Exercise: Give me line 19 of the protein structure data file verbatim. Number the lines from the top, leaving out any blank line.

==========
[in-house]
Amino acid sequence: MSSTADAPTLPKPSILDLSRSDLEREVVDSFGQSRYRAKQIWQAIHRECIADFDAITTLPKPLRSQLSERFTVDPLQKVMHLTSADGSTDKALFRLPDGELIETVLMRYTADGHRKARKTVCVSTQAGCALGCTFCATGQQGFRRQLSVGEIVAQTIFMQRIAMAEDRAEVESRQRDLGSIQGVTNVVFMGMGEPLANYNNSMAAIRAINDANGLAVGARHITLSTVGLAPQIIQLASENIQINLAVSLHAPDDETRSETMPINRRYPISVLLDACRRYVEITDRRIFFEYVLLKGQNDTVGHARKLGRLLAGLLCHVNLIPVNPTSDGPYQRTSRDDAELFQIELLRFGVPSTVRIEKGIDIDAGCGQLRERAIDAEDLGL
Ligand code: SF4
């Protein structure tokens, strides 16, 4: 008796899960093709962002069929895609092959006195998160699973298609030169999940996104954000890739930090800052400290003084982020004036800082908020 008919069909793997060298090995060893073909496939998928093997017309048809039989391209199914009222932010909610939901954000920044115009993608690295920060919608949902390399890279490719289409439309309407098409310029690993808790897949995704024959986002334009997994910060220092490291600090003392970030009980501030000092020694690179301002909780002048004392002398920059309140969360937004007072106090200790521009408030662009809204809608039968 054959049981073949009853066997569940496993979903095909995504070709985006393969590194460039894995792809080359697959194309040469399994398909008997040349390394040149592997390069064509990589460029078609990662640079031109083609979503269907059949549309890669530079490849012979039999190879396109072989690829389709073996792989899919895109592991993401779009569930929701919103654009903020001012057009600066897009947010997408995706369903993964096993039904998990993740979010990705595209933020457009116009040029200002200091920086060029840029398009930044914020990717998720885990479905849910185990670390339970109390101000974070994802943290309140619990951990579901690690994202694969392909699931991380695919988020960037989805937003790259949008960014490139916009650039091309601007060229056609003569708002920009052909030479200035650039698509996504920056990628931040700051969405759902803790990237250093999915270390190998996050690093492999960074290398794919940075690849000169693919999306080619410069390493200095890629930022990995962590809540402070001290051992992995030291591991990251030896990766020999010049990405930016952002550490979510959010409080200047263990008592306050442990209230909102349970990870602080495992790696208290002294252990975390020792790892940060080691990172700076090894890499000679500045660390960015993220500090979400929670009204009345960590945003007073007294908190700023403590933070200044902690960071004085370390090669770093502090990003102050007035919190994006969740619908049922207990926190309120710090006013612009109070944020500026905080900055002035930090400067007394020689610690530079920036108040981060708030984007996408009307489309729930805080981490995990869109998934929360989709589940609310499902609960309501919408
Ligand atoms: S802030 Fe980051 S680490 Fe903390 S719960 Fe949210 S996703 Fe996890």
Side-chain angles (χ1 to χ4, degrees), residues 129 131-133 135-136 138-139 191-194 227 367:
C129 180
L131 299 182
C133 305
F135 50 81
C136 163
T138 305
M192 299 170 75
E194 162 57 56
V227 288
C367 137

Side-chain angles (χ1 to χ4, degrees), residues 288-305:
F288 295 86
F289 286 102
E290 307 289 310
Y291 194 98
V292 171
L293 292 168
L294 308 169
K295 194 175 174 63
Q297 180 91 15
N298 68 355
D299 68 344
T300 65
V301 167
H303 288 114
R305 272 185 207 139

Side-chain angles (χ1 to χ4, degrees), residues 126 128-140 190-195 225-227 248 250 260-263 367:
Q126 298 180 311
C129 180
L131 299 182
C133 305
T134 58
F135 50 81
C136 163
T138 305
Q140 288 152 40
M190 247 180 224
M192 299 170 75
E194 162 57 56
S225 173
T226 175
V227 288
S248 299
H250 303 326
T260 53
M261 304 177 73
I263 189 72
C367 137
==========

F289 286 102